Managers should: In the days prior to the Christmas event, remind staff (by email or memo) about the expected standards of behaviour and the disciplinary consequences that may take place. This should see you reinforce your workplace’s WHS policy, EEO policy and Code of Conduct to all attendees.
Think Travel: How will workers travel to and from the function? Organise taxi’s to and from the event. Designate a driver or volunteer to be the non-drinker that could drive people to and then home from the event.
Food: Make food available from the beginning of the event so people aren’t drinking alcohol on an empty stomach.
Alcohol: Needless to say, consumption of alcohol is likely to be a key health and safety risk. Consider restricting the amount of drinks or the strength of drinks that are available. Always have non-alcoholic alternatives available.
Should an accident occur: Be prepared, know where to find the nearest first aid kit, know where to find the nearest defibrillator, know who your trained first aiders are. As alcohol is usually around, make sure someone sensible keeps everyone away from any incident. It is important that you follow your workplaces incident reporting and investigation process.
Of course, the end of year work party is supposed to be a fun time. So keep it that way. But actively working through a list and putting measures in place to prevent anything bad from happening is important as well. After all, we all want to spend our end-of-year holidays safe, happy and healthy, with our family and friends.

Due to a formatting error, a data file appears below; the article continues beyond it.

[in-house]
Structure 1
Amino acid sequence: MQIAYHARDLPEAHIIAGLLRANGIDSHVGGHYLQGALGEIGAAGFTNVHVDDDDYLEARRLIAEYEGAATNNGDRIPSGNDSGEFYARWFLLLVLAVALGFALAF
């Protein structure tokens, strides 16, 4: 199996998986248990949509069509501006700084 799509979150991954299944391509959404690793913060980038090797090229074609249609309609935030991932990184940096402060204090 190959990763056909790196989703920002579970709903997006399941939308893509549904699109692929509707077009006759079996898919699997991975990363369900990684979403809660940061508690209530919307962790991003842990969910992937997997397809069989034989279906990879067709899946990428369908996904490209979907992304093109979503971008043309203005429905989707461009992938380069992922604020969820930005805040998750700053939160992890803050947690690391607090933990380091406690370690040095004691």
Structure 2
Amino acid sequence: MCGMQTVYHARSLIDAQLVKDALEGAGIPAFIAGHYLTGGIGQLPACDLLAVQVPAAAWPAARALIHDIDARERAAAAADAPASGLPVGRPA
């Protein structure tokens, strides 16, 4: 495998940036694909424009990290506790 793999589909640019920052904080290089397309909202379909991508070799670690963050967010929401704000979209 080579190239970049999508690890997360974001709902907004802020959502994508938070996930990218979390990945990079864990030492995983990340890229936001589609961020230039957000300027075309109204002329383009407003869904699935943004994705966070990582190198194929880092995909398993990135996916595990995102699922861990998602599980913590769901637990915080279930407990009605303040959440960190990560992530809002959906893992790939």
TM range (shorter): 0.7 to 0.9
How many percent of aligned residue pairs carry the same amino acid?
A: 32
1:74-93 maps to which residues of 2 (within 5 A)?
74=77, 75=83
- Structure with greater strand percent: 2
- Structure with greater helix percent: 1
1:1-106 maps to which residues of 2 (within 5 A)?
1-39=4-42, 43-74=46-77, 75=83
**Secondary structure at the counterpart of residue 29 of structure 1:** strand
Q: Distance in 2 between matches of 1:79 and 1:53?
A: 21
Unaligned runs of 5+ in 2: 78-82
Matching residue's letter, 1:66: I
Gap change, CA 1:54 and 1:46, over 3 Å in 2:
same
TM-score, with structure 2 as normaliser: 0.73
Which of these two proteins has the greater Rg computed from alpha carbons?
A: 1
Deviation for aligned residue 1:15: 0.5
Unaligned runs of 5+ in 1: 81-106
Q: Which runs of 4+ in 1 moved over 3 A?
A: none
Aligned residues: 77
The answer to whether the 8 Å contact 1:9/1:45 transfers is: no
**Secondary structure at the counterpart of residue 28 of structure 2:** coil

Tomorrow we will look at Festive/Holiday Food safety ????…..
For great health information check out Health Navigator New Zealand where you will find expert opinion online.
Currently, there are temporary changes to the steps to be followed in resuscitation. These can be found in the video below or by clicking here to see the New Zealand Resuscitation Council temporary guideline recommendation.
Click the link to go to the New Zealand Resuscitation Council Covid-19 recommended modifications for delivering resuscitation whilst the pandemic remains a threat. Click play to see a short video outlining CPR modifications that should be followed during the pandemic.
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Data and information are fact-checked against various recognised sources, including the New Zealand Resuscitation Council, Health Navigator New Zealand, St John, and other recognised entities specialising in the specific subject content. It should be noted that variances in protocols exist and where necessary are identified.